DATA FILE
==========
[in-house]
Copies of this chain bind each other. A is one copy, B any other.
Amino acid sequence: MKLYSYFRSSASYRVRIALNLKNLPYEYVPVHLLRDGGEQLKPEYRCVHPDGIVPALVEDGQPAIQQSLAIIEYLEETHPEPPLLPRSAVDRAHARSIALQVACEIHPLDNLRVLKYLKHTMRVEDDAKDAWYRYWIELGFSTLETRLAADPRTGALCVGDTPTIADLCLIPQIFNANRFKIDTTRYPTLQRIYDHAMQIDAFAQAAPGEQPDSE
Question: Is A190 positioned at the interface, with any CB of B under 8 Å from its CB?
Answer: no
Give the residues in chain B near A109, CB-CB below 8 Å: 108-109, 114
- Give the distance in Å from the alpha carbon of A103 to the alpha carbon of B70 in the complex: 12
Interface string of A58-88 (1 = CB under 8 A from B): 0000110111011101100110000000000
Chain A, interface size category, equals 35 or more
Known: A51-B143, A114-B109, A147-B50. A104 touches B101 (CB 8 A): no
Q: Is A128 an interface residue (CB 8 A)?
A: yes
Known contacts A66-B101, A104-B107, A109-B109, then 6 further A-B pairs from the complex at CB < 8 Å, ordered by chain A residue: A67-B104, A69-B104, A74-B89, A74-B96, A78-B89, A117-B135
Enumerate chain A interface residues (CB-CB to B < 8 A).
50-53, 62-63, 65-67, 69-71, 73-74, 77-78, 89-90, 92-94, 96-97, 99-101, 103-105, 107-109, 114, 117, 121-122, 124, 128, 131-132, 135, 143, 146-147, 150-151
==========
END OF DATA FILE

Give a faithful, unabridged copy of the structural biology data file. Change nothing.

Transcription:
[in-house]
Copies of this chain bind each other. A is one copy, B any other.
Amino acid sequence: MKLYSYFRSSASYRVRIALNLKNLPYEYVPVHLLRDGGEQLKPEYRCVHPDGIVPALVEDGQPAIQQSLAIIEYLEETHPEPPLLPRSAVDRAHARSIALQVACEIHPLDNLRVLKYLKHTMRVEDDAKDAWYRYWIELGFSTLETRLAADPRTGALCVGDTPTIADLCLIPQIFNANRFKIDTTRYPTLQRIYDHAMQIDAFAQAAPGEQPDSE
Question: Is A190 positioned at the interface, with any CB of B under 8 Å from its CB?
Answer: no
Give the residues in chain B near A109, CB-CB below 8 Å: 108-109, 114
- Give the distance in Å from the alpha carbon of A103 to the alpha carbon of B70 in the complex: 12
Interface string of A58-88 (1 = CB under 8 A from B): 0000110111011101100110000000000
Chain A, interface size category, equals 35 or more
Known: A51-B143, A114-B109, A147-B50. A104 touches B101 (CB 8 A): no
Q: Is A128 an interface residue (CB 8 A)?
A: yes
Known contacts A66-B101, A104-B107, A109-B109, then 6 further A-B pairs from the complex at CB < 8 Å, ordered by chain A residue: A67-B104, A69-B104, A74-B89, A74-B96, A78-B89, A117-B135
Enumerate chain A interface residues (CB-CB to B < 8 A).
50-53, 62-63, 65-67, 69-71, 73-74, 77-78, 89-90, 92-94, 96-97, 99-101, 103-105, 107-109, 114, 117, 121-122, 124, 128, 131-132, 135, 143, 146-147, 150-151